08 February 2012

No One Believes Me-Leonia Fredrick was Real

Have you found an ancestor that no one in the family believes existed?  I was researching my Fredrick side of the family at the Manistee Historical Museum in Manistee, Michigan and found one.  I was looking in their card file for the Fredrick surname and came across a Leonia Frederick, daughter of Mr. and Mrs. August Fredrick, my great grandparents.

Source:  Manistee Daily News, (Manistee, Manistee, Michigan), 18 October 1899, newspaper transcription; Manistee County Historical Museum, Manistee, Michigan.
Information transcribed and found in museum's card file.

"Leonia Frederick, 2 year old daughter of Mr. & Mrs. August Frederick of 35 Filer St. died yesterday from measles.  Interment in Oak Grove.  Manistee Daily News Oct 18, 1899"

Upon seeing this I had to find more information.  I found the death certificate for Leonia Fredrick.

Source:  State of Michigan, "Death Records 1897-1920," database, State of Michigan, Seeking Michigan (http://seekingmichigan.org/discover-collection?collection=p129401coll7: accessed 11 July 2010), Leonia Fredrick Death Certificate No. 161 Manistee County, Michigan; citing Michigan Department of State, Lansing, Vital Statistics Division.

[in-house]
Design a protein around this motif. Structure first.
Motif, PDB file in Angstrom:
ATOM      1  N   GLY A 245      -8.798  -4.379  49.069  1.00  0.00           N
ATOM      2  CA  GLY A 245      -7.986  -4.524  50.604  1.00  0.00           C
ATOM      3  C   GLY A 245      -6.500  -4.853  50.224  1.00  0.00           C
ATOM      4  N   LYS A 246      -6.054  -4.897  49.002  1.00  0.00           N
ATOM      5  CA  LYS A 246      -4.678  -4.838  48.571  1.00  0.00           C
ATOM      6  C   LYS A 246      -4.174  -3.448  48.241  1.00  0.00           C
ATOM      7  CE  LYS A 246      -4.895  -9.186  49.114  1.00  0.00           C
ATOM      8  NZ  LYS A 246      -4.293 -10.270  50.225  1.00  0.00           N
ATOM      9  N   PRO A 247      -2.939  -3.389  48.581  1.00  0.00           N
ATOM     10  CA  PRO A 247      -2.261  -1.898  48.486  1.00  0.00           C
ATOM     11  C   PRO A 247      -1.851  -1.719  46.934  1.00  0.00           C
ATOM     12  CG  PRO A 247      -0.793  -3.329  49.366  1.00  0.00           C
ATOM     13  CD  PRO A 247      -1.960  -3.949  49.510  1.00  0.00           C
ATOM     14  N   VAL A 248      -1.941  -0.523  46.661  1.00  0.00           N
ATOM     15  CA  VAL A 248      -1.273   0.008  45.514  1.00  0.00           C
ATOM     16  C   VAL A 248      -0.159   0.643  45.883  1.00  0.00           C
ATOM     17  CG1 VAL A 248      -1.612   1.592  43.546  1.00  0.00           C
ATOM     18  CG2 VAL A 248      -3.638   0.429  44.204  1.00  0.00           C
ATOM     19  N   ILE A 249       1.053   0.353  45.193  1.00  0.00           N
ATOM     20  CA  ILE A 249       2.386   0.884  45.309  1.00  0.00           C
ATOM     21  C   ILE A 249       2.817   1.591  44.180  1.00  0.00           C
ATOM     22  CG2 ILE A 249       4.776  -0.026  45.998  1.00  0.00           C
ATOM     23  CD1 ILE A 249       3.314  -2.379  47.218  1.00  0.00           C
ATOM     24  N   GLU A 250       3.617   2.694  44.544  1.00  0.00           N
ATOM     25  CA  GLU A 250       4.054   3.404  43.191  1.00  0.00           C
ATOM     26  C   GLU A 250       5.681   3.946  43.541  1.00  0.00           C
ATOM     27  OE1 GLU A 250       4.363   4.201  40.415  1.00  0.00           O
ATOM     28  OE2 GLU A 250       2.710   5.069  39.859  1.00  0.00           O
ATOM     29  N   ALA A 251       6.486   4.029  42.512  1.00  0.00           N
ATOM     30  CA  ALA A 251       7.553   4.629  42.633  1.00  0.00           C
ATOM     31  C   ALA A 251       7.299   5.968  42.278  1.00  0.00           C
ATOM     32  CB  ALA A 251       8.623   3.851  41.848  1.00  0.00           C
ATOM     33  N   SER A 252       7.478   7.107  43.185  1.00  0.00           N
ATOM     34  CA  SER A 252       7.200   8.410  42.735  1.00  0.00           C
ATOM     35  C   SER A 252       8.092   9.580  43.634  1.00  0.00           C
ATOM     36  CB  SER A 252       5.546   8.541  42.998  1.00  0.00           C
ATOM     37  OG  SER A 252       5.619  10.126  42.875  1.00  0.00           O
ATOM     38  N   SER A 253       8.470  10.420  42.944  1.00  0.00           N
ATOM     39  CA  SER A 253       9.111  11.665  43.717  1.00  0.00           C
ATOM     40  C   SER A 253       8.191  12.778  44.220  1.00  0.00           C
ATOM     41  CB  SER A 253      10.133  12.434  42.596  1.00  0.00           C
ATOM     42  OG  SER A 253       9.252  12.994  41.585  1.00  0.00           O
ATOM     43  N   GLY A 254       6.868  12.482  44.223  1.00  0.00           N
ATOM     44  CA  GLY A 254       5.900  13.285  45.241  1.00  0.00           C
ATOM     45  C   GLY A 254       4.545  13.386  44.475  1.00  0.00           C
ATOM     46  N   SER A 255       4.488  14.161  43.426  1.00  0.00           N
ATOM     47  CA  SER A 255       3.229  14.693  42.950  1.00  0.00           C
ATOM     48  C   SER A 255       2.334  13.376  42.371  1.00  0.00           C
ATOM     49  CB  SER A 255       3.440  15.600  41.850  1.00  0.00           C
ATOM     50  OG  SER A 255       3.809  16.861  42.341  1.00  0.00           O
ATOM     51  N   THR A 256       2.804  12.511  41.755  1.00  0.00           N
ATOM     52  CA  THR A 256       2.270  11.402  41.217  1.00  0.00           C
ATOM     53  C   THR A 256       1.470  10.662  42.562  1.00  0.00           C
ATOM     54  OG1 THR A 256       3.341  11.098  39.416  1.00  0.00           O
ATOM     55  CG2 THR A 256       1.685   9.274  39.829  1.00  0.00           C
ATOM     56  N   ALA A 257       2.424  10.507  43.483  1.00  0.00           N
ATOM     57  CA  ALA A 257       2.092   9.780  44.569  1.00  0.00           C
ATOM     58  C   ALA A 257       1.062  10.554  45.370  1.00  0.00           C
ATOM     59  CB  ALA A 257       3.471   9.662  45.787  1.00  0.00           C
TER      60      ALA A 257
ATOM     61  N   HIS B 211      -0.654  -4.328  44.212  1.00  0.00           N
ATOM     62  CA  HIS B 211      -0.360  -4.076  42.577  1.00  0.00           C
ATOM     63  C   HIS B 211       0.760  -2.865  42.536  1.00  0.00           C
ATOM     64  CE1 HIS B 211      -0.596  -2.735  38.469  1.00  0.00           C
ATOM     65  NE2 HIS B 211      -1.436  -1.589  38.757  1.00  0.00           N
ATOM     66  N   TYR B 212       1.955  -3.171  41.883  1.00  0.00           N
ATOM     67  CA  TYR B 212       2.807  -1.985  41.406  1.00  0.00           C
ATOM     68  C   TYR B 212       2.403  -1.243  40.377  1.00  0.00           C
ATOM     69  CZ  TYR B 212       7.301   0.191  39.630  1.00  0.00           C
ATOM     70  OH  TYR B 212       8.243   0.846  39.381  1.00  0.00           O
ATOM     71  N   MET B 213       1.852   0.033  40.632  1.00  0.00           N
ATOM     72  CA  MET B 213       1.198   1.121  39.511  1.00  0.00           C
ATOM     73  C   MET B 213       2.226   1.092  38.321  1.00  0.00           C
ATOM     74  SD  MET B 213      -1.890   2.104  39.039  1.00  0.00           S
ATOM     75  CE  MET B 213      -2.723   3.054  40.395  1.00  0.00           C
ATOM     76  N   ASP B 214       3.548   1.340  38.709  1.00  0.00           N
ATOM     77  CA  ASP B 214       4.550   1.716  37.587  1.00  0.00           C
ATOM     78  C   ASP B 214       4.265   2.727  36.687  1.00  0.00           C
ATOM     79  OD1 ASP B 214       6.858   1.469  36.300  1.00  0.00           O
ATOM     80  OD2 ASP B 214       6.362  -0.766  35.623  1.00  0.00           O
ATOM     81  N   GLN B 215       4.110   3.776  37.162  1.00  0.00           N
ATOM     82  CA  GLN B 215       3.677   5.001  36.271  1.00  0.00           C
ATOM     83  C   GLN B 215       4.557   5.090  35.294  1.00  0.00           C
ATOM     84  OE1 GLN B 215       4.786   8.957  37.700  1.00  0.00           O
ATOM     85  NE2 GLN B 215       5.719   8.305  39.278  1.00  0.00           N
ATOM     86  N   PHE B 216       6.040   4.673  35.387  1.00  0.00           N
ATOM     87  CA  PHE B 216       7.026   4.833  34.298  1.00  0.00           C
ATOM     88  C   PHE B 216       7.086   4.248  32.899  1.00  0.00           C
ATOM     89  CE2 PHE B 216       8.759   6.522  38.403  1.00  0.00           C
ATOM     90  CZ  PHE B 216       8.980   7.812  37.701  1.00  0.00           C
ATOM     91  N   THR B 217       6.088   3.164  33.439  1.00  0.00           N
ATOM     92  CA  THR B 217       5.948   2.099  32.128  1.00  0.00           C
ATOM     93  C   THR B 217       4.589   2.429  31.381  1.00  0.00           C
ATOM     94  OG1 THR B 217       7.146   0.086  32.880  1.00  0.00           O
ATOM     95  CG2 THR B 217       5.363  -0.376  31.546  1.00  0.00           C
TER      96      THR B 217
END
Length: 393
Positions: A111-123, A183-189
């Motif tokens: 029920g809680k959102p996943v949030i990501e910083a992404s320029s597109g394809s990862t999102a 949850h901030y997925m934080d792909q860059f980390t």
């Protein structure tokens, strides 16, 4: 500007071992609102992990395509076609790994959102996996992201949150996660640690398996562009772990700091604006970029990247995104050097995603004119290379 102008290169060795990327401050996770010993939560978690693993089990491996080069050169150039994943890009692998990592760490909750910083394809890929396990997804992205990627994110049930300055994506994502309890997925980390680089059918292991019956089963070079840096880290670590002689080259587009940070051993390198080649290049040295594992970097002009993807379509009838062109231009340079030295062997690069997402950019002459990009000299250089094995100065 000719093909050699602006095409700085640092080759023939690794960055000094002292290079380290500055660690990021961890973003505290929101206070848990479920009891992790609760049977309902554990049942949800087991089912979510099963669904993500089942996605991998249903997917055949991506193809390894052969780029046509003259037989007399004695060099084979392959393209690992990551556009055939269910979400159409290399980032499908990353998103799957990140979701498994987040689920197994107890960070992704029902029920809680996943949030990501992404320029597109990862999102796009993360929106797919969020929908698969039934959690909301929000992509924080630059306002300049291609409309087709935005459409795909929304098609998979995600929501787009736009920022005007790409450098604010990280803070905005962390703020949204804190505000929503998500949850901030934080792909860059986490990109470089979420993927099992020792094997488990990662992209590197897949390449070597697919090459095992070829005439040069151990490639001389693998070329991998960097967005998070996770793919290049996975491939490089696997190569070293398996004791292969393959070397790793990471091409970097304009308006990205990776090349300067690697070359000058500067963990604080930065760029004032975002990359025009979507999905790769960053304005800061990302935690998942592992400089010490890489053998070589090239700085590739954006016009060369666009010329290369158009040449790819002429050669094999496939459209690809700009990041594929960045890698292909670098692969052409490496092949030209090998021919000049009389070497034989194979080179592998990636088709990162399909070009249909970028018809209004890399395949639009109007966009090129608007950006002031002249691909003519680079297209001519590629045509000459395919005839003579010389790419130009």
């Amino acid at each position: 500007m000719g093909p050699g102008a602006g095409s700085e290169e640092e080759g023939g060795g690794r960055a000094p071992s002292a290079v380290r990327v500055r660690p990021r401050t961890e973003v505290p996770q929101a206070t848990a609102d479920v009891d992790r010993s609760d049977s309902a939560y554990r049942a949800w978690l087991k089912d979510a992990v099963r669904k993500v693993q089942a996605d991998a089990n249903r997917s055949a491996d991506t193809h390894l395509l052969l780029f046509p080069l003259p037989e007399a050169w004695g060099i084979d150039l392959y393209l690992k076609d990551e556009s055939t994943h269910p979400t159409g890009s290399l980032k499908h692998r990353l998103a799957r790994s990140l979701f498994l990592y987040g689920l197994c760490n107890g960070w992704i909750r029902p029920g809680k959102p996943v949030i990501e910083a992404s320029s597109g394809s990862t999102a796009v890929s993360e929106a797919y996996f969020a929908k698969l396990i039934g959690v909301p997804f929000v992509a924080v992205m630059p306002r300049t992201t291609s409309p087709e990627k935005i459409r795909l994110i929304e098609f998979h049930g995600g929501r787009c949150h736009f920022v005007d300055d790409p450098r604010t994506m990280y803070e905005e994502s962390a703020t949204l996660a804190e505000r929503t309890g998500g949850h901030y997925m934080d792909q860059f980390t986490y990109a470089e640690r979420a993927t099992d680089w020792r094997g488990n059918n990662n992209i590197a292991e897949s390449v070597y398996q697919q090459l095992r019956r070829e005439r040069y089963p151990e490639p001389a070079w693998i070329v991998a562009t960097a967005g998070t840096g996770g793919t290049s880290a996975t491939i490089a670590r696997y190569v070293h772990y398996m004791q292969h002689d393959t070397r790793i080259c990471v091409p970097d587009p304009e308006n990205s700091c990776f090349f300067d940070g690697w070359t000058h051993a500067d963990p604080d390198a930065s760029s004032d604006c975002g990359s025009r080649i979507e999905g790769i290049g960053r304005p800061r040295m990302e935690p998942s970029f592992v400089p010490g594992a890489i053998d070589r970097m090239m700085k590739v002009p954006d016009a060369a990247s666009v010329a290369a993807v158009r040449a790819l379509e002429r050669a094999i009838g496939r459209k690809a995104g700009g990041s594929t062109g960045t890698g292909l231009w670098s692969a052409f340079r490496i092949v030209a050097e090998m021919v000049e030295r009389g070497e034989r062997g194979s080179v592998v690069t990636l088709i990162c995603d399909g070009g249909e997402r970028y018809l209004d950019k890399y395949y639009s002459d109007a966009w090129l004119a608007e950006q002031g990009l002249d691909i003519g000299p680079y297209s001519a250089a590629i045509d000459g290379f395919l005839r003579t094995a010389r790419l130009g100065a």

From the death certificate I learn that Leonia Fredrick was 1 year, 11 months, 2 days old.  If this information is correct, her birth date would be November, 1897.  She had a brother, Leonard, born in November, 1897.  Twins?  Leonard's son, Bill, is still living and we have shared a lot of information, but he had never heard of Leonia.  He was very interested though.  He said his dad never talked about his family, which is the case in many families.

Leonia Fredrick was real.  Unfortunately, she died at an early age of measles.  How sad that she wasn't remembered by the family.  (Or was she?  Her brother, Otto August Fredrick, named one of his daughters, Leona.)  I will remember her and she has a permanent place in my family tree, whether the family believes it or not.


  1. While I understand the difficulty in talking about a child that has died, no one remembers if those conversations don't take place. I'm so glad you found your aunt - though she died a child.

  2. Susan, thank you for posting. I felt she was an important part of the family history.